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Sotos syndrome (SS) or cerebral gigantism (OMIM *117550) is characterised by excessive growth, advanced bone age, typical facial gestalt, and developmental delay.1,2 In infancy growth is rapid, but settles down above the >97th centile in early childhood3,4 and tends to follow this during childhood. The adult height remains close to normal.4 The hands and feet are large. The facial gestalt is very characteristic during childhood with macrocephaly (>97th centile), frontal bossing, prognathism, hypertelorism, and antimongoloid slant of the palpebral fissures. With increasing age, the face gradually lengthens, the jaw becomes more prominent, and macrocephaly is no longer pronounced.5,6 Neurological features are variable and include hypotonia and delay in motor and language development, with a tendency for improvement with age.1,2,5–9 Familial SS is rare. Only 17 families have been reported, most of which show an autosomal dominant mode of inheritance.5,6,10–19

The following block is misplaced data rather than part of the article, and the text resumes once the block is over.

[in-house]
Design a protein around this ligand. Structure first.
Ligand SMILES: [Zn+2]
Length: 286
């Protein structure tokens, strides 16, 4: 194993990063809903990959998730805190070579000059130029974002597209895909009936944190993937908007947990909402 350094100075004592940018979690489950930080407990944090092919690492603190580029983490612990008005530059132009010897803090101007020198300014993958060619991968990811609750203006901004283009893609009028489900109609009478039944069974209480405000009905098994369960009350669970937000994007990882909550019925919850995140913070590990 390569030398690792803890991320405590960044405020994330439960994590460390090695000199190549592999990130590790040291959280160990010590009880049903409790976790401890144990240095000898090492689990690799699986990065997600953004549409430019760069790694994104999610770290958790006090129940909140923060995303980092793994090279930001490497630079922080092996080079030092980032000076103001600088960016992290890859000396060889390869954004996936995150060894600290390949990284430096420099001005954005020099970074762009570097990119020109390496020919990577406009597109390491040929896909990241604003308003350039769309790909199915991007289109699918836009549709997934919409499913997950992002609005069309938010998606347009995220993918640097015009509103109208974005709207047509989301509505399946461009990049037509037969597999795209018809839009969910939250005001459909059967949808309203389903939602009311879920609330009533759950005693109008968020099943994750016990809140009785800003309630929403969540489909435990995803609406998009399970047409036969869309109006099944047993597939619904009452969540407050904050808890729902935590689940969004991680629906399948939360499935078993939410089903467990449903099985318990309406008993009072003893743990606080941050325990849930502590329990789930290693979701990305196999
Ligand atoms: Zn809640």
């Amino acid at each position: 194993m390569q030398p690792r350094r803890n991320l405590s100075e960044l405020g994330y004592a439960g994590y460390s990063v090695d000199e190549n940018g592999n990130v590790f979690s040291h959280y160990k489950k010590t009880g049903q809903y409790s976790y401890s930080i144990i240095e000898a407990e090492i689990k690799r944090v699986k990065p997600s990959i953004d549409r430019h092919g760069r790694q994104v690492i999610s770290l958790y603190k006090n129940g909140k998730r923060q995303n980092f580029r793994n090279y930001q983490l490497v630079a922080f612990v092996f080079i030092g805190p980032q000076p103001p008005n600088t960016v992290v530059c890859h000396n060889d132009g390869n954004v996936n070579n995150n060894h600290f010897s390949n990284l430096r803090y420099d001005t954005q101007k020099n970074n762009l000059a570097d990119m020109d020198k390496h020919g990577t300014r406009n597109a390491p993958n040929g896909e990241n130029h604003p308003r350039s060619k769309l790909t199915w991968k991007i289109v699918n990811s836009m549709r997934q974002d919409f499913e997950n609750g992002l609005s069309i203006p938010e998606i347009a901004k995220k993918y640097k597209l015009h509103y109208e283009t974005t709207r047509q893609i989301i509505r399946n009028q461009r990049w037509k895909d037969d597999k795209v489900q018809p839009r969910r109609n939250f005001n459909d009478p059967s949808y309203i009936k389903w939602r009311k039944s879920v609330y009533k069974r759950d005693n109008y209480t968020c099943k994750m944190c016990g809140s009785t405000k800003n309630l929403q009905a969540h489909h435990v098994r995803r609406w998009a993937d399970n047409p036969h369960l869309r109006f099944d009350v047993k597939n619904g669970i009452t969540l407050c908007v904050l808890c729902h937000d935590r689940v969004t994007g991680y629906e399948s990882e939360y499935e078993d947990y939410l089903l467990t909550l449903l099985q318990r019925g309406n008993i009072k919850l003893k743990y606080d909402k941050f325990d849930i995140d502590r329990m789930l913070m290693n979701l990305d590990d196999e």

Recent advances have shown a molecular genetic basis for sporadic SS. Initially, two SS patients carrying de novo balanced translocations suggested 5q35 as a possible locus for the SS gene.20,21 Subsequently, the NSD1 gene was isolated from the 5q35 breakpoint of the patient with t(5;8)(q35;q24.1) by positional cloning.22,23NSD1 has an open reading frame of 8088 bp and consists of at least 23 exons (GenBank accession No AF395588). NSD1 is expressed in the fetal/adult brain, kidney, skeletal muscle, spleen, and the thymus, and faintly in the lung.22 The gene encodes 2696 amino acids with SET (su(var)3–9, enhancer-of-zeste, trithorax), PHD (plant homeodomain protein) finger, and PWWP (proline-tryptophan-tryptophan-proline) domains, all of which are possibly related to chromatin regulation, and possibly interact with nuclear receptors (Nrs).22 Among 42 sporadic SS patients examined by direct sequencing, altogether four de novo point mutations predicting truncation of the protein and 20 submicroscopic deletions involving the whole of NSD1 were identified. Two-thirds of SS cases showed NSD1 mutations, so haploinsufficiency of NSD1 is suggested to be the major molecular defect in SS.23 The role of NSD1 in the pathogenesis of SS could be mediated through its action as a corepressor of genes that promote growth.23,25